Indian start-ups have sounded alarm bells over an "impending slowdown" in the e-commerce ecosystem due to the "predatory" pricing tactics of foreign players to capture market share, even as homegrown firms wither away because of their inability to compete on funds.
Thus far, $18 billion in Foreign Direct Investment (FDI) has gone into Indian internet firms. Investors believe that the long-term figure will likely be under $30 billion as against a potential of over $80 billion. This difference of $50 billion, they say, is what India will forgo in terms of FDI | FII if Indian internet firms fail to combat the deep pockets of global firms.
"The sector is getting squeezed and thereby losing ground on competitiveness to their online counterparts who are funding losses through Venture capital (VC) funds," Shankar Vaddadyi, Founder and Director, i-Lend, told IANS.
These investors have projected that if the issue of predatory pricing is not immediately addressed, it would lead to $50bn of missed FDI | FII inflow in India's internet sector over the next three to four years.
Recently, a number of industry leaders and investors in Indian internet ecommerce raised the issue at various fora and writings, arguing that global internet commerce firms are not only competing unfairly, they are more focussed on destroying homegrown internet firms rather than expanding the market.
At a conclave here last week, Sachin Bansal, Executive Chairman of Flipkart, the country's largest e-commerce company, said: "We need to create a fair playing field. If we are able to create that level playing field, Indian companies will have significant advantages."
Tarun Davda, Managing Director of Matrix Partners, one of the early investors in Ola, said in a recent article that he is not against global competition, and that Indian start-ups are not afraid of competing against them. It is the practice of predatory pricing and capital dumping that is the real issue, he said.
"None of the global giants want fair competition. They see India as a large market they want to own for decades and so are indulging in capital dumping with the hope that eventually local start-ups will run out of capital to compete and they can run a monopoly business in India," Davda wrote.
This strategy is considered anti-competitive in many jurisdictions and is illegal under competition laws.
E-commerce companies and global investors believe that a completely unregulated market and a regulatory regime that does not recognise the peculiarities of the new internet-based e-commerce sector would be disastrous for Indian enterprises.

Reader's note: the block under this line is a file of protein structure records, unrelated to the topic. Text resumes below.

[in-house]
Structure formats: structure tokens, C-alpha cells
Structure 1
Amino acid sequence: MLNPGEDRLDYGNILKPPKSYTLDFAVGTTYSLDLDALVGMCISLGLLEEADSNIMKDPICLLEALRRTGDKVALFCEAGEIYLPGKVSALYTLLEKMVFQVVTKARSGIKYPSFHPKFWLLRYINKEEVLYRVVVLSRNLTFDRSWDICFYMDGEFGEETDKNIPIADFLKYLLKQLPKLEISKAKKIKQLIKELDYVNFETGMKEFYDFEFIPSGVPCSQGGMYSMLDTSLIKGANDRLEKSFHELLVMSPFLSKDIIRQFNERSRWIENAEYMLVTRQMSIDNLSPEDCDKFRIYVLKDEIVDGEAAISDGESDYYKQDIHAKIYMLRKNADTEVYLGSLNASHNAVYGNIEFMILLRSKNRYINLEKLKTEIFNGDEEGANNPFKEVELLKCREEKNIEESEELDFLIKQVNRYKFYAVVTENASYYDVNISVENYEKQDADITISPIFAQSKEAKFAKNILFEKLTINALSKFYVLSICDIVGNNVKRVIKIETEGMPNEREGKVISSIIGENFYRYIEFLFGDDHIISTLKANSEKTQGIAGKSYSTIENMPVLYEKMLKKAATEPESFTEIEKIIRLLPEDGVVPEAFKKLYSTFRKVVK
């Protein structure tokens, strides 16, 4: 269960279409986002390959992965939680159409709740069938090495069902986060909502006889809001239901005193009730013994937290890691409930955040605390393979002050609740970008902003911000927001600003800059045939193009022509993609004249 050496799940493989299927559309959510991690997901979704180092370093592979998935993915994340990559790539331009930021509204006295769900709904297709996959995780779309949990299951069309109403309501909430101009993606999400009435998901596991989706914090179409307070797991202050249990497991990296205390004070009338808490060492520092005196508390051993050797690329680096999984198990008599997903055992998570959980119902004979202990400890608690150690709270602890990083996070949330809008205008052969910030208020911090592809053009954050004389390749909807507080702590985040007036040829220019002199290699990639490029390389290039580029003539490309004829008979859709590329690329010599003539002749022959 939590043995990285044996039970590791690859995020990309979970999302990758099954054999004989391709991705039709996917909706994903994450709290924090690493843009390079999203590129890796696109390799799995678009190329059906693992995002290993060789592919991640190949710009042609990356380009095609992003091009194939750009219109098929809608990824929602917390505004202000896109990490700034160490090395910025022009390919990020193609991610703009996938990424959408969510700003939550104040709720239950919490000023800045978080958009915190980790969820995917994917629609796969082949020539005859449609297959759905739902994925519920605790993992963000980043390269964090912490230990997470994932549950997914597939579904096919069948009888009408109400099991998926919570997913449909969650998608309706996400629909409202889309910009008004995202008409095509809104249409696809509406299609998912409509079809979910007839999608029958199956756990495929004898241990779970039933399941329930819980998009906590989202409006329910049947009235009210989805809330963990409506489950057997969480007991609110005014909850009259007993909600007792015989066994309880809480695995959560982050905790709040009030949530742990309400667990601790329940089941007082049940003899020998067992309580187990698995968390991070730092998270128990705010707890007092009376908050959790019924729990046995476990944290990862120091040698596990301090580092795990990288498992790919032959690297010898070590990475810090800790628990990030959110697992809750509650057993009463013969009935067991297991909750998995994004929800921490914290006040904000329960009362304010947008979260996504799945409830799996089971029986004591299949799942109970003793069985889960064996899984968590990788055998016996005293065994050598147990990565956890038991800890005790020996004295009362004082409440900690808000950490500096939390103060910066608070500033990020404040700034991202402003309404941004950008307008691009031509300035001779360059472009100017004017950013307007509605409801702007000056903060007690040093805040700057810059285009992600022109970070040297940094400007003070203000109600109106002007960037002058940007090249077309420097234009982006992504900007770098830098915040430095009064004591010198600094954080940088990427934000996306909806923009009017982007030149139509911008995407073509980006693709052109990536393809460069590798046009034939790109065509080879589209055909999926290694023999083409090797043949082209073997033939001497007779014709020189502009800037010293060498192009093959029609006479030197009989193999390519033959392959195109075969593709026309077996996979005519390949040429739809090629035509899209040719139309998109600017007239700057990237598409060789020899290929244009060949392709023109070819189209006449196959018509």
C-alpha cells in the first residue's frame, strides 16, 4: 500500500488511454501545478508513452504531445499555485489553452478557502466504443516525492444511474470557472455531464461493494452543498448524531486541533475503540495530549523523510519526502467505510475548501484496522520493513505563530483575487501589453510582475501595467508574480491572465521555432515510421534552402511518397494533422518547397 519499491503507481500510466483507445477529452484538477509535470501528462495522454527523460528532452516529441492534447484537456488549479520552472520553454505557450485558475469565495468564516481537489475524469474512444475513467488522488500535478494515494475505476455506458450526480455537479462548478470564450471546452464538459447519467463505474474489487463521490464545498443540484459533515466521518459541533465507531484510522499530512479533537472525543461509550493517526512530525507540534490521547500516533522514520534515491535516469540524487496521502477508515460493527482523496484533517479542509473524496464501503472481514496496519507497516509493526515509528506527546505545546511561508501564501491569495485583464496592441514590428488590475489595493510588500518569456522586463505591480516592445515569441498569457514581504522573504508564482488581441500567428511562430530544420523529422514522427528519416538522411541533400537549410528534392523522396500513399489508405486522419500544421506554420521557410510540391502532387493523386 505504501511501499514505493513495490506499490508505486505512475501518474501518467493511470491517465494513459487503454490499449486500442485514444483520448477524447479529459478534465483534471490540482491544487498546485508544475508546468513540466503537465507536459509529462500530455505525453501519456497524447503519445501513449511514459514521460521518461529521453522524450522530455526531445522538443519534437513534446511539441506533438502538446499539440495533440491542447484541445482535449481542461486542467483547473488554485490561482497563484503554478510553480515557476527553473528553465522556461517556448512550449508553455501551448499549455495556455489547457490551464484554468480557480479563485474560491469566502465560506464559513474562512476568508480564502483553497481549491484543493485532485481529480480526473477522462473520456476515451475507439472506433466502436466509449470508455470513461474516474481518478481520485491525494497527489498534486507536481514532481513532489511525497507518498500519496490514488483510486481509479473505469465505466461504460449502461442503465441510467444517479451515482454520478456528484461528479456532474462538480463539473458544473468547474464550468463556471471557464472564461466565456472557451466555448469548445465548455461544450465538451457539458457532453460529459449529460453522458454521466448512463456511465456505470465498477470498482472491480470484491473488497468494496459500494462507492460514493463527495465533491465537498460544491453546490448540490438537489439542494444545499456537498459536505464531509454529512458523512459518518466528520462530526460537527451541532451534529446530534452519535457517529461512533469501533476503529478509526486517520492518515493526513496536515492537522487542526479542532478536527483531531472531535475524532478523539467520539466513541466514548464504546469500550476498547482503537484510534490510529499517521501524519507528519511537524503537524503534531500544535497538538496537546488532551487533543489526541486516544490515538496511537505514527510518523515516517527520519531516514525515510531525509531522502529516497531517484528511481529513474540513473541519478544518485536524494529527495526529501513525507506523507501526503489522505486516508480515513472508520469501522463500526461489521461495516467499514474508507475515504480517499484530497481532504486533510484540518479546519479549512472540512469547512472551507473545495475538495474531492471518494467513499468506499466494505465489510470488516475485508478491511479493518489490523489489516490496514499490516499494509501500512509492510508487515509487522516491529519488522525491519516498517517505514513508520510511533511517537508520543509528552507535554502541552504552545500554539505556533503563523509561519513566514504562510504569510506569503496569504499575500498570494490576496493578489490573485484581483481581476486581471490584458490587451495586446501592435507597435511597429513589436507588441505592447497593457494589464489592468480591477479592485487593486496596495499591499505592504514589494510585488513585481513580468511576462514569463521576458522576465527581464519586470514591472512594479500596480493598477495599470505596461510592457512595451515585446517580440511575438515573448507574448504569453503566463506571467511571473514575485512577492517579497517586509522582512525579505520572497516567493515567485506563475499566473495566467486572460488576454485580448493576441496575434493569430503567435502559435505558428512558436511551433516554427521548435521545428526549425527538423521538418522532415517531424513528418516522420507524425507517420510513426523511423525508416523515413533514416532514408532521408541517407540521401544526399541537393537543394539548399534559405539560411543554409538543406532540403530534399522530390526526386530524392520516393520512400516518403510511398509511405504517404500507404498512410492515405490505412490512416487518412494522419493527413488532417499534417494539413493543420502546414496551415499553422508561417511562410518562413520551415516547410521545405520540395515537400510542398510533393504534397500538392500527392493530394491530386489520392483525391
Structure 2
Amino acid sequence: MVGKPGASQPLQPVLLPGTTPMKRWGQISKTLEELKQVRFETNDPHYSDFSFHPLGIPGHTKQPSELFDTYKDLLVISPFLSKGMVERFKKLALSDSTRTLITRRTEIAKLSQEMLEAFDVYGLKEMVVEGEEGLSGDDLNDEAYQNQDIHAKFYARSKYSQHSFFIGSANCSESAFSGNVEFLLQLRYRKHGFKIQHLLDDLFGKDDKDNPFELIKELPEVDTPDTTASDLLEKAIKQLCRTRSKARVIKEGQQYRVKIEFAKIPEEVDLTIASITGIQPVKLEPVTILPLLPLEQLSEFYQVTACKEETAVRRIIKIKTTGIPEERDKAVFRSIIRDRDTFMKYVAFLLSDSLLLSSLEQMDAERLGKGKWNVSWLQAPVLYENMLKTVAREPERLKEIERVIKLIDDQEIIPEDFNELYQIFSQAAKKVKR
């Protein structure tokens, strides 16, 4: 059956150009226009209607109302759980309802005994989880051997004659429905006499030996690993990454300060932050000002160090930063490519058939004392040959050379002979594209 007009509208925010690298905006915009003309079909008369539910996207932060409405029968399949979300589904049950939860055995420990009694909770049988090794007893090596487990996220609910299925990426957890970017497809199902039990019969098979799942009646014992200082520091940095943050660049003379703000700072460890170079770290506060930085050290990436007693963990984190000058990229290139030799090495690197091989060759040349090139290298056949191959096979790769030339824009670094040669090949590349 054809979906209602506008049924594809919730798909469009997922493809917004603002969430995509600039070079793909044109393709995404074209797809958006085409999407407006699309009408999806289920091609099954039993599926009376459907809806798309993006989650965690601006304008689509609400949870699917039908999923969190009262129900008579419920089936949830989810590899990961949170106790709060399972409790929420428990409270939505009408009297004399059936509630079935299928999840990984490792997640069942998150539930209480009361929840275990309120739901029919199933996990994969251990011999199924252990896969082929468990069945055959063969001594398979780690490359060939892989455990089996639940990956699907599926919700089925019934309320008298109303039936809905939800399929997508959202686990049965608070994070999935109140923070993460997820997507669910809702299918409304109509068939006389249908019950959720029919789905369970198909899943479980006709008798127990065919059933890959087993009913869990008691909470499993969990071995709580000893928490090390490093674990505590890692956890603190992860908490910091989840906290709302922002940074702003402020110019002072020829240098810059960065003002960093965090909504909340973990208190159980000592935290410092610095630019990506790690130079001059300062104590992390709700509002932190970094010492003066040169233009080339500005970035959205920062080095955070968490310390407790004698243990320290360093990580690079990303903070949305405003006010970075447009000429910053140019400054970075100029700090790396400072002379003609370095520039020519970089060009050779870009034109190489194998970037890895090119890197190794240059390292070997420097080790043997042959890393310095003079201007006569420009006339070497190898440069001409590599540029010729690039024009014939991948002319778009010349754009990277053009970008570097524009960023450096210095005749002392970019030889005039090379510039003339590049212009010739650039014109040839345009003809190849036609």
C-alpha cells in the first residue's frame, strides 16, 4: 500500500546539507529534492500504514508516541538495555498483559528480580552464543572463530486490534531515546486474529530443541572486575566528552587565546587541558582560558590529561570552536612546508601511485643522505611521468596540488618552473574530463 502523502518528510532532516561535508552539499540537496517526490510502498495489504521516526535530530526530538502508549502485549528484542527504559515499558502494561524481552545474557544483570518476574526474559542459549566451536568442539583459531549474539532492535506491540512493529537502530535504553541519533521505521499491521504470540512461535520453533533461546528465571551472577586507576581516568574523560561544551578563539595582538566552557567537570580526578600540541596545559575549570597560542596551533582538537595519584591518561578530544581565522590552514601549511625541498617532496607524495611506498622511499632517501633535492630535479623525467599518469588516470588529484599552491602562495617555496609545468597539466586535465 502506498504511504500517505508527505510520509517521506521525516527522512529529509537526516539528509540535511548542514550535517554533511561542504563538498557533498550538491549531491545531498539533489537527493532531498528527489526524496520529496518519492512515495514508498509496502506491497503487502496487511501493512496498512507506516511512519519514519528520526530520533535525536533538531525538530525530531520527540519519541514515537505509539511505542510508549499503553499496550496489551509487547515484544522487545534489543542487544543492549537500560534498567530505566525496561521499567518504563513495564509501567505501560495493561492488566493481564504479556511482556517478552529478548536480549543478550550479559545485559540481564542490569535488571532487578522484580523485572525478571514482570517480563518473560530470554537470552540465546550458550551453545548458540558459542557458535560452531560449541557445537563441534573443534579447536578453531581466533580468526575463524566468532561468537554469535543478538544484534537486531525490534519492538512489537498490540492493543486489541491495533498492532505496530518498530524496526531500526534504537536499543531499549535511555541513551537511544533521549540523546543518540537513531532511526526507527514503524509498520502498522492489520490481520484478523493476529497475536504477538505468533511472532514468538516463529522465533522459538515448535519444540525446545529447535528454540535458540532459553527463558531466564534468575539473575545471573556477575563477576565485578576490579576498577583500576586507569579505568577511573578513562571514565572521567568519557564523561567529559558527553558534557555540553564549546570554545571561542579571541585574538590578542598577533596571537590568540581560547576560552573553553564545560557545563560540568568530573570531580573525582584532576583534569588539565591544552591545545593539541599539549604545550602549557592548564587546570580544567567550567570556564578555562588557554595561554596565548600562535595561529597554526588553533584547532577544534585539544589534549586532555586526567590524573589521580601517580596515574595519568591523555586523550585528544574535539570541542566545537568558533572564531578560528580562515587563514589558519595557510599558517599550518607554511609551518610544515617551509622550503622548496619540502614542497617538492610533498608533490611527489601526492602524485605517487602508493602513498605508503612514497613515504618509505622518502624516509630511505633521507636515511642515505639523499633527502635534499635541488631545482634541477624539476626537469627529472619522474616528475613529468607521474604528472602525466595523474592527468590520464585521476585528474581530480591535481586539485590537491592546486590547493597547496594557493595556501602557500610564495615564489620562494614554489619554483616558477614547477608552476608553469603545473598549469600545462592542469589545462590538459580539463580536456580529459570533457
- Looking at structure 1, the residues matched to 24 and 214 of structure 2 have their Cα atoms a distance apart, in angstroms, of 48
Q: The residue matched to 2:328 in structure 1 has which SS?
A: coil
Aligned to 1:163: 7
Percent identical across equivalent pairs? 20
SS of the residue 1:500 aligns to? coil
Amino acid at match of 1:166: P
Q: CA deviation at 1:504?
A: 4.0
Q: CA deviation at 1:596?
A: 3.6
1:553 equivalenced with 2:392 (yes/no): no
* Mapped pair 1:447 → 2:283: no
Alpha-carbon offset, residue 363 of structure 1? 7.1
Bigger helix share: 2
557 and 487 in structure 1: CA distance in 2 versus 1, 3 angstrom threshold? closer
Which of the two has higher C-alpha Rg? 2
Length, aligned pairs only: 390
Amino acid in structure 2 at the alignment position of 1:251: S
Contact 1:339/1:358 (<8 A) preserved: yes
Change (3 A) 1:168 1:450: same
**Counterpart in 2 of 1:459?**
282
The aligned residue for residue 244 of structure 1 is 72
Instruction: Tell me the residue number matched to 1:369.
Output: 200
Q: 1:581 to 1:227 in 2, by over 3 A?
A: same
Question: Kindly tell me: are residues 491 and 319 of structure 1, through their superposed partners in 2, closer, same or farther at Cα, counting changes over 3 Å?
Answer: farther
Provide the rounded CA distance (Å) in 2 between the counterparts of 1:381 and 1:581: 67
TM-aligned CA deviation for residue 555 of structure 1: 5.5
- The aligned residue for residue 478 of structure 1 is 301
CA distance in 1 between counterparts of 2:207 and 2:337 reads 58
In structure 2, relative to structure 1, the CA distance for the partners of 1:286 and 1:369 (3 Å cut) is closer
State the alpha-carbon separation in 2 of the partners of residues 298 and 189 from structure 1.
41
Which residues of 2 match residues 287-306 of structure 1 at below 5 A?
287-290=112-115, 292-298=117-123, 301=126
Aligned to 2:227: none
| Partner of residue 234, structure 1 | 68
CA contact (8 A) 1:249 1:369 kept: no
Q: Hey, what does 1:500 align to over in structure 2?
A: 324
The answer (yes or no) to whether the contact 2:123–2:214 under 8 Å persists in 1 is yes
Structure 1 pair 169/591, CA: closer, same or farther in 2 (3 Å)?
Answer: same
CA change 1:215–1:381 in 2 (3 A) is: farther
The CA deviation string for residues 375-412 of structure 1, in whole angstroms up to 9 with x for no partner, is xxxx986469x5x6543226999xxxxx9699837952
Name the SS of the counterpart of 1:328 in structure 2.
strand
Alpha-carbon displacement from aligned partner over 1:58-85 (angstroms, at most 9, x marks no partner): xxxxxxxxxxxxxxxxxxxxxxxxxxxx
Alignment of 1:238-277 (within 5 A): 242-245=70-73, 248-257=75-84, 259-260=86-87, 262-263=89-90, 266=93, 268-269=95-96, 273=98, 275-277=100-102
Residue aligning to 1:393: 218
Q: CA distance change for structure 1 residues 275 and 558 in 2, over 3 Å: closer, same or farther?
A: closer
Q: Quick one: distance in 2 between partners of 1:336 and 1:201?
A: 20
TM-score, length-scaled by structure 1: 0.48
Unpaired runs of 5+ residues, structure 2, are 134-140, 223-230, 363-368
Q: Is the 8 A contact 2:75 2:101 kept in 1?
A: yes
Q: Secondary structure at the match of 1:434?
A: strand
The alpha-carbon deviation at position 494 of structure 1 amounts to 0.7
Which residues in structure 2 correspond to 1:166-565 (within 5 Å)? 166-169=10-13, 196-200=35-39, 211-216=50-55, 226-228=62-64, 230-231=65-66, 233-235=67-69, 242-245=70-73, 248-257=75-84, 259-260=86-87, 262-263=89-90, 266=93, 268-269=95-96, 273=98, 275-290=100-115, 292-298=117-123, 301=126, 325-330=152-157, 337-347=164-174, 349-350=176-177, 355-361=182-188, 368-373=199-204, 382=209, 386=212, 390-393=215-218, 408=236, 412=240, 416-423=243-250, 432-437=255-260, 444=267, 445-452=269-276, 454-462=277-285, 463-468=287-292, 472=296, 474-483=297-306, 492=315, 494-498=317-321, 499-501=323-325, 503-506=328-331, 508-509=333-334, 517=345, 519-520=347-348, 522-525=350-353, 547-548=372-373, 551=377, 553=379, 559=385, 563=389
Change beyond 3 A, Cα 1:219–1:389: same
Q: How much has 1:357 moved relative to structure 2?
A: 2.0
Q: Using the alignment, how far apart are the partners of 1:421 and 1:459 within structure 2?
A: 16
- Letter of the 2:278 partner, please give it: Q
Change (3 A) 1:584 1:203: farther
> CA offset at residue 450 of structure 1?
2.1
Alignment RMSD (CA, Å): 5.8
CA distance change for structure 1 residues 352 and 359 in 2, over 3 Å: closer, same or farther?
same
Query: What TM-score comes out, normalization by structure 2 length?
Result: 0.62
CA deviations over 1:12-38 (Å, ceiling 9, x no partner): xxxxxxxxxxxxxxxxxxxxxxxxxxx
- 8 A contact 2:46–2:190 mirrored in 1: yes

Vani Kola, Founder and Managing Director of Kalaari Capital, in a write-up said, "Unregulated markets can be anti-competitive, because it gives some players undue advantage. Take the case of Amazon, Uber and OLX. They have access to unlimited finance? — from their successful business for many years in other geographies? — and can use that to stifle competition in India by providing products and services that are economically unviable even to them in the long term".
Most growing economies of the world view internet as a strategically important sector and have taken steps to ensure the growth of local firms. The US had the Defense Advanced Research Projects Agency (DARPA) programme, China effectively banned Facebook, Google and Twitter, and would delay land allocation and licenses to global companies such as Amazon and Uber.
Vaddadyi said, however, that he did not visualise the Indian government regulating in favour of domestic players exclusively in either retail, e-commerce or any other sector.
"The problem the government faces is the numerous operating complexities businesses come up with, and it is always playing catch-up there. In a way, it is the absence of regulation that allows companies to innovate and re-invent businesses, having allowed the sector reach a certain scale it becomes imperative to establish operating guidelines," Vaddadyi said.
However, Partha Neog, CEO of employee privilege platform Vantage Circle, said: "While I agree that foreign powers have an advantage because of their unlimited finances, it does not mean unfair advantage. Naukri, for example, fought successfully with Monster in the last decade."
"If they have money they will use it to their advantage and that is what these foreign companies are doing. On the other hand, it is the homegrown companies' local knowledge and ingenuity that differentiates them," he said.